• renz

      they might not able to get that $99 price tag if they choose other SoC. also this is the reality of Kickstarter project. when they propose the project the part they choose to use might be good enough or decent at that time. but when they actually comes out (to consumer) it might very well outdated. and in mobile the tech are moving in quite rapid pace.

    • Neph

      It was doomed once they failed to include a button that would allow you to boot into recovery. Too many hacks had to be put in place that the mod community never really took off. As for the play store, I ran CM10 with the play store just fine. It was more of a gimmick, but it could be done.

    • ari_free

      Wrong. The real problem was their belief that the one thing we really wanted were more IAP/freemium games.

    • ari_free

      Most ouya games don't come close to the capacity of tegra 3. They like their 2D retro.

      • Bawb

        Exactly, only 7 games use the Tegra chipset to the fullest everything else doesn't.

  • Samuel Hart

    Not surprising but still a little disappointing.

  • http://planetmew.com/blog/ Christopher Glass

    This little box is the reason people should never jump onto Kickstarter hype to support things just because they're popular.

    • kgptzac

      And also exposes the unfortunate reality of backing hardware on Kickstarter is more akin to lottery.

    • MJ

      Never? All Kickstarter products that were popular have failed? People
      have never bought a hyped non-Kickstarter product that failed and was
      abandoned?

      Crowd sourced funded products are no different then traditionally funded products. Some are successful and some are not...

      I have backed a couple of hardware crowd funded products where I got a
      better price and extra stuff compared to the retail release and was very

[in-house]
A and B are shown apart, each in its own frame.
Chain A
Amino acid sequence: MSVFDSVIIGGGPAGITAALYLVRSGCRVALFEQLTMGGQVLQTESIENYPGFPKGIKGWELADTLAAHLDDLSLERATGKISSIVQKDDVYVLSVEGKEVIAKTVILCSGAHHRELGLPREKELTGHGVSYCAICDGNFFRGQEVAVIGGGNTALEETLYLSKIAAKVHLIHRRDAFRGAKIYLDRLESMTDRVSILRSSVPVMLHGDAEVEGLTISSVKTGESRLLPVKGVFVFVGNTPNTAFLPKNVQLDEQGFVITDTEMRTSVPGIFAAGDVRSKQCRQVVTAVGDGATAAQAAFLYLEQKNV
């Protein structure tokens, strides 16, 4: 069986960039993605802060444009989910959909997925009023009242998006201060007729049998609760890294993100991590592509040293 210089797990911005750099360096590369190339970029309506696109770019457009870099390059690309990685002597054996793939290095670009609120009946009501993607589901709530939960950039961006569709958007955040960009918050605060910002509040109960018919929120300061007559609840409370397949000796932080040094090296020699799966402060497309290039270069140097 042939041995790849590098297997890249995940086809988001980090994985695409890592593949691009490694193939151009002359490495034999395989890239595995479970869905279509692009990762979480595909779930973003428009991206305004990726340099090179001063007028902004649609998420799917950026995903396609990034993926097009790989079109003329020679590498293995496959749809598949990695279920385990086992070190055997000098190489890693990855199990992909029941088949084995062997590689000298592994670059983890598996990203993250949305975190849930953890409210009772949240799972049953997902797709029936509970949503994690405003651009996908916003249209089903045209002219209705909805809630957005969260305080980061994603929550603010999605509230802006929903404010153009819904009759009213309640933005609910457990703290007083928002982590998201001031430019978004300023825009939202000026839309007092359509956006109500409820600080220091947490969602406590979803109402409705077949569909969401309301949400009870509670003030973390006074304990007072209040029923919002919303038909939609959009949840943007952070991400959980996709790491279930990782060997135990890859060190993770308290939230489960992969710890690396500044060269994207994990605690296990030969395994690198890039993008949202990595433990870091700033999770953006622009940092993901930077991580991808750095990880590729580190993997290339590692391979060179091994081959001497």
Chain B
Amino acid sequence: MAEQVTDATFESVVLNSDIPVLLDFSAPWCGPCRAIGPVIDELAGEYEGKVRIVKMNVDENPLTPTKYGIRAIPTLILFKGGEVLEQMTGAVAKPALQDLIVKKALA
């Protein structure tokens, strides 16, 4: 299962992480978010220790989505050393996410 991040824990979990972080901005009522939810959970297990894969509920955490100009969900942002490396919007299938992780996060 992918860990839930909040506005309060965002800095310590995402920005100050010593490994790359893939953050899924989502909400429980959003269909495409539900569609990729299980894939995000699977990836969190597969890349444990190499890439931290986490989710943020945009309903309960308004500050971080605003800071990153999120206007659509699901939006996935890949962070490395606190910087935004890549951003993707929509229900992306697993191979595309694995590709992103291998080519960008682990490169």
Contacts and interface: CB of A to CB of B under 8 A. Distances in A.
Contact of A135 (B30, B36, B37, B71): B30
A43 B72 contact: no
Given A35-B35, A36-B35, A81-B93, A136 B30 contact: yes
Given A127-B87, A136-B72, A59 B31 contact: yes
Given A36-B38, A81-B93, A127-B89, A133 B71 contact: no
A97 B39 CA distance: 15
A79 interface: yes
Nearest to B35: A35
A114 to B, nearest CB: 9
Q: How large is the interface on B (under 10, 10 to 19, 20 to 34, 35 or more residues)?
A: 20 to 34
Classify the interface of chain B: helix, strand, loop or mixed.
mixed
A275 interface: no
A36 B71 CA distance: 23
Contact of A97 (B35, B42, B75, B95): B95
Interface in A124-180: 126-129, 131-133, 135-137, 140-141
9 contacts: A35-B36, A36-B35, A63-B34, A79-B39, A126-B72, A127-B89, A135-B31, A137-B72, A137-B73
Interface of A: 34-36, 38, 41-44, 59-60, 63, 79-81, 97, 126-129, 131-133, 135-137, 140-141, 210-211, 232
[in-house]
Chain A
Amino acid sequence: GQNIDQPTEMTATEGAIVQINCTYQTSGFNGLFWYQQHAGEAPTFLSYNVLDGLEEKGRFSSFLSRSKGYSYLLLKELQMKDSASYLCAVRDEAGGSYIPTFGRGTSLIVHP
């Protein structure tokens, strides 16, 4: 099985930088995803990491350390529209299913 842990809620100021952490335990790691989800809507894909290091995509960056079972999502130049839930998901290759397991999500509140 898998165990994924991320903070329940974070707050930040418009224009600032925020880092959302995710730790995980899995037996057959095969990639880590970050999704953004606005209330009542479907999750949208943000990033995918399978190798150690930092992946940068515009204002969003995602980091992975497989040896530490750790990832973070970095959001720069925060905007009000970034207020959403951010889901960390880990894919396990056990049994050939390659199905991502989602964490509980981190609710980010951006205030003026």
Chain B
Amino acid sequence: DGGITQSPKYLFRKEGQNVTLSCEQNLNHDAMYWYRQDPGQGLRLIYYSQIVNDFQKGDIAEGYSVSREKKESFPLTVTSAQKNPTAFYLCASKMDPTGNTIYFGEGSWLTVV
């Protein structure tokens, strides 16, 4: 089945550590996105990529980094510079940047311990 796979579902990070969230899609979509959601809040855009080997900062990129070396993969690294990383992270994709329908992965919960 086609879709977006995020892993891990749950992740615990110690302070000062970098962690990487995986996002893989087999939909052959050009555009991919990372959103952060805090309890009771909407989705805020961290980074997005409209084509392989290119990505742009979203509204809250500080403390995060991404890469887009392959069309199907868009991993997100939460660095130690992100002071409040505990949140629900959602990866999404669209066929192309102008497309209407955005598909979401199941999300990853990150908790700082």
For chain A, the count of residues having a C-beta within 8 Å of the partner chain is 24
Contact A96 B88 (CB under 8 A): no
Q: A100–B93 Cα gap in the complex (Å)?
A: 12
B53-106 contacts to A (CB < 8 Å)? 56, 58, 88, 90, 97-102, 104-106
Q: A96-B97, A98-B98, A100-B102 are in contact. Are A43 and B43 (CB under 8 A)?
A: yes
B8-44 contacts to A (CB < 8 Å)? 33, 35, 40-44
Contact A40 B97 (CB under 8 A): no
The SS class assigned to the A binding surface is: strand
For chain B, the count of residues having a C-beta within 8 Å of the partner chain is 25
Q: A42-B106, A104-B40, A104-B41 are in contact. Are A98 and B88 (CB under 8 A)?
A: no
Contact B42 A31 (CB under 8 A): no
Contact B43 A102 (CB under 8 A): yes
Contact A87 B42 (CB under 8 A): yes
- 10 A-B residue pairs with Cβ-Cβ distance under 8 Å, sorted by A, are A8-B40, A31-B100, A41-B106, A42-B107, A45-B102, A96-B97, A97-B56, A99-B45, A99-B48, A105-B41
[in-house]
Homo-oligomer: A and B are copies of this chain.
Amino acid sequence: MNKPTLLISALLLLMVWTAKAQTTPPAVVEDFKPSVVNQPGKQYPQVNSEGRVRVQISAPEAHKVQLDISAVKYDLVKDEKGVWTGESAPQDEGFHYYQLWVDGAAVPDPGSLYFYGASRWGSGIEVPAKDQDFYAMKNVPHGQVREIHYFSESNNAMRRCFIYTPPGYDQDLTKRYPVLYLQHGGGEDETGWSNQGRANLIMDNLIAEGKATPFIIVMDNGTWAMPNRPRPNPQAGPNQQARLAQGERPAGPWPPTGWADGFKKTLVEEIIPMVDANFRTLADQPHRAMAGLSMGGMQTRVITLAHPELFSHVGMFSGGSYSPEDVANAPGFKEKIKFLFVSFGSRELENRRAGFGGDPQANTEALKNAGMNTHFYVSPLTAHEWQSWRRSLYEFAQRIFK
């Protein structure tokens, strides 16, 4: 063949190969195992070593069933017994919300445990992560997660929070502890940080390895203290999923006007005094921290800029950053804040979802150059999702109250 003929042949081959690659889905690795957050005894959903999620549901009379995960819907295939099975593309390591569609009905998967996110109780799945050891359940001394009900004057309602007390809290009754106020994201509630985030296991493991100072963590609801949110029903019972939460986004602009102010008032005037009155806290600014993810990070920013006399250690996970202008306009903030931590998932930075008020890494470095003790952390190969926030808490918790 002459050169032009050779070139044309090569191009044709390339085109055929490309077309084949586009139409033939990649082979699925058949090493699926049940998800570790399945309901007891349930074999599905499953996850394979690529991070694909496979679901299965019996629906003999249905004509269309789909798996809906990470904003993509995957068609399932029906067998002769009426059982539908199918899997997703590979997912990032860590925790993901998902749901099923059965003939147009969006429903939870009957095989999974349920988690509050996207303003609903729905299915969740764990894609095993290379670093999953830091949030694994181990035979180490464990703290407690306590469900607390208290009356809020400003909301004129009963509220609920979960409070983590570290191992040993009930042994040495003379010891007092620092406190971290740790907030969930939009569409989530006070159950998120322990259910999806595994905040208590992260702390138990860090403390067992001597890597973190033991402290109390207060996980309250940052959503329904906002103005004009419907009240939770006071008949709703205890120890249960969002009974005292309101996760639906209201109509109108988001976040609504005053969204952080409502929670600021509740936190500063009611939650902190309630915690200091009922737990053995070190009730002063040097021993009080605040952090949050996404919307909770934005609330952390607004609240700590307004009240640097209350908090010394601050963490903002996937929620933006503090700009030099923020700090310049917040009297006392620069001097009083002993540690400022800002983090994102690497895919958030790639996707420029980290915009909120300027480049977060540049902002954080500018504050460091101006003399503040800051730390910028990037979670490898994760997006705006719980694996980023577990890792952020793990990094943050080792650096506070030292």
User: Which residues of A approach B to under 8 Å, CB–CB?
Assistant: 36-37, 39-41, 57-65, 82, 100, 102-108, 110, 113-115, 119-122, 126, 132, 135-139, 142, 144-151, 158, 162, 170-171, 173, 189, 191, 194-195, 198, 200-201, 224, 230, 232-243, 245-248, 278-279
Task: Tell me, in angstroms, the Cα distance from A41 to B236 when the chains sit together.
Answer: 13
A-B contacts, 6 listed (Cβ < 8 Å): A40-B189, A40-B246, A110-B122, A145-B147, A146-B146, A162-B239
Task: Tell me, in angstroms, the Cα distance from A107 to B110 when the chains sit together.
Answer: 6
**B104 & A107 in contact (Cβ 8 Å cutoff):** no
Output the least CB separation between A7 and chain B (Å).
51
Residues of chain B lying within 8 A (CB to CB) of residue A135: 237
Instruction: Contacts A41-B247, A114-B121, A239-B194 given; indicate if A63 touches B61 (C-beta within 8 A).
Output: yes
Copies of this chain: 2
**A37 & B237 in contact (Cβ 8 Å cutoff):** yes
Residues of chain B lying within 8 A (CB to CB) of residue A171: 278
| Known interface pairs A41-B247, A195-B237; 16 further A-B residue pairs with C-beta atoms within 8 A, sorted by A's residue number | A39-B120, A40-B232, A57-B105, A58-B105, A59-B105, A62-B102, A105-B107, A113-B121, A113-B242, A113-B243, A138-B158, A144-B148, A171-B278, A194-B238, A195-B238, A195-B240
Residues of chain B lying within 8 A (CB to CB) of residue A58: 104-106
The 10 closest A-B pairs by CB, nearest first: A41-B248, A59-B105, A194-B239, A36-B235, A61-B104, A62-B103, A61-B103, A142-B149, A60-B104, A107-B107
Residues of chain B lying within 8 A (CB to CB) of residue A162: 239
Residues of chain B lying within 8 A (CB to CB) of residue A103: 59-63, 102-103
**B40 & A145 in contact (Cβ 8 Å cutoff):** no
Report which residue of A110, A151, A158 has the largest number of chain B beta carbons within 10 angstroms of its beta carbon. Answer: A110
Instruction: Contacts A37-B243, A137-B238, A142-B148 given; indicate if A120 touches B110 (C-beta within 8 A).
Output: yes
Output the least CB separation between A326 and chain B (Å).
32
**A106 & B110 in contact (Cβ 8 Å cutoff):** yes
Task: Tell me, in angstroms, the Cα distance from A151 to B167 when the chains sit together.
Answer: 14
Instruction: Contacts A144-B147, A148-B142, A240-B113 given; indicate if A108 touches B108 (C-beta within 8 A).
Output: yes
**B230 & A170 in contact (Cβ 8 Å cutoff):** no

happy with it. One has to do their research, understand the product
      and it's market with any Kickstarter product just like anything else
      before putting their money down.

      • http://planetmew.com/blog/ Christopher Glass

        Which is literally what I said. The last 4 words in my sentence are important to read.

        • MJ

          That was not literally what you said but I did misread your comment. I guess my reply was better suited for kgptzac who seems to think playing the lottery has the same odds as your average hardware Kickstarter.

    • James Glen Dalby

      I'm enjoying my Pebble and Oculus Rift, which were very popular.

      • CoffeeGeeker

        Agree (on Pebble); some KS programs do deliver on the hype ,and here's why: the successful KS companies continue to back and update their products, and don't undersell too much. My Pebble was pretty much exactly what it was promised to be when I had it delivered (unlike Ouya, which didn't have XBMC or Netflix on delivery); and Pebble has stood by their product, building a rich ecosystem around it and offering a lot of added value, even 2 years later. Ouya? Took the money and ran.

        • James Glen Dalby